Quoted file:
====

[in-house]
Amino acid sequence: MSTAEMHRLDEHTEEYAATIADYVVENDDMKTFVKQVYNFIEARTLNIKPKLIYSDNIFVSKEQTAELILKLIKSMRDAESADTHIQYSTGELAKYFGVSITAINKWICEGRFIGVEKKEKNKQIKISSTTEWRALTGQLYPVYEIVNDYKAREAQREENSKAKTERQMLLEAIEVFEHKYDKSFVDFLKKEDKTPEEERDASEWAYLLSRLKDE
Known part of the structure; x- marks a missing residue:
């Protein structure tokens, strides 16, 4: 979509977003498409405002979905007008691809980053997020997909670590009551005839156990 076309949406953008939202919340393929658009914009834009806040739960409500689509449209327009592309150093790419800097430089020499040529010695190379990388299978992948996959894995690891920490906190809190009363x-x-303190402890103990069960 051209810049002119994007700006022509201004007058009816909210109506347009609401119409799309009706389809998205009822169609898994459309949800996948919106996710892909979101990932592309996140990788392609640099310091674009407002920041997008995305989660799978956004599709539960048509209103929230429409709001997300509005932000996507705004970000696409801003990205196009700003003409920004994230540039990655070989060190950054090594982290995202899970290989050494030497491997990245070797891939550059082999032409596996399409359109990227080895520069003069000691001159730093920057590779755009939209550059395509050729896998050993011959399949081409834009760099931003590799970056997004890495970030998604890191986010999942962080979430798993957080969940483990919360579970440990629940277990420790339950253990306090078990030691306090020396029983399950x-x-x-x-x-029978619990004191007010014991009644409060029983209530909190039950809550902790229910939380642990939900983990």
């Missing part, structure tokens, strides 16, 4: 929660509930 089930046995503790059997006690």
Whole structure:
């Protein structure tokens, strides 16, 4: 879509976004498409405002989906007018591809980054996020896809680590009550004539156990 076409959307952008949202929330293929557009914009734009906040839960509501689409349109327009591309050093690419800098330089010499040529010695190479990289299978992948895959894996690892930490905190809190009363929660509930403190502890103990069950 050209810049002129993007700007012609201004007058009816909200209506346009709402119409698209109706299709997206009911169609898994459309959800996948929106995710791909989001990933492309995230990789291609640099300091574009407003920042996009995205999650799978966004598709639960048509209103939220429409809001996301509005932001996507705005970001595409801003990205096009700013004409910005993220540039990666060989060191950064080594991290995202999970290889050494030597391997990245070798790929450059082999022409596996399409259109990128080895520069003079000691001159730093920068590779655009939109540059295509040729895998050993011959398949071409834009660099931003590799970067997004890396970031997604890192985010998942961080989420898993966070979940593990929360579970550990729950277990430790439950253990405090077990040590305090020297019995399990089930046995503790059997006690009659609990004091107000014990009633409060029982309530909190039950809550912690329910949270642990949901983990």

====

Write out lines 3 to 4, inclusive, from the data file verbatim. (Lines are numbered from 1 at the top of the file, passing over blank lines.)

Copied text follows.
Known part of the structure; x- marks a missing residue:
């Protein structure tokens, strides 16, 4: 979509977003498409405002979905007008691809980053997020997909670590009551005839156990 076309949406953008939202919340393929658009914009834009806040739960409500689509449209327009592309150093790419800097430089020499040529010695190379990388299978992948996959894995690891920490906190809190009363x-x-303190402890103990069960 051209810049002119994007700006022509201004007058009816909210109506347009609401119409799309009706389809998205009822169609898994459309949800996948919106996710892909979101990932592309996140990788392609640099310091674009407002920041997008995305989660799978956004599709539960048509209103929230429409709001997300509005932000996507705004970000696409801003990205196009700003003409920004994230540039990655070989060190950054090594982290995202899970290989050494030497491997990245070797891939550059082999032409596996399409359109990227080895520069003069000691001159730093920057590779755009939209550059395509050729896998050993011959399949081409834009760099931003590799970056997004890495970030998604890191986010999942962080979430798993957080969940483990919360579970440990629940277990420790339950253990306090078990030691306090020396029983399950x-x-x-x-x-029978619990004191007010014991009644409060029983209530909190039950809550902790229910939380642990939900983990």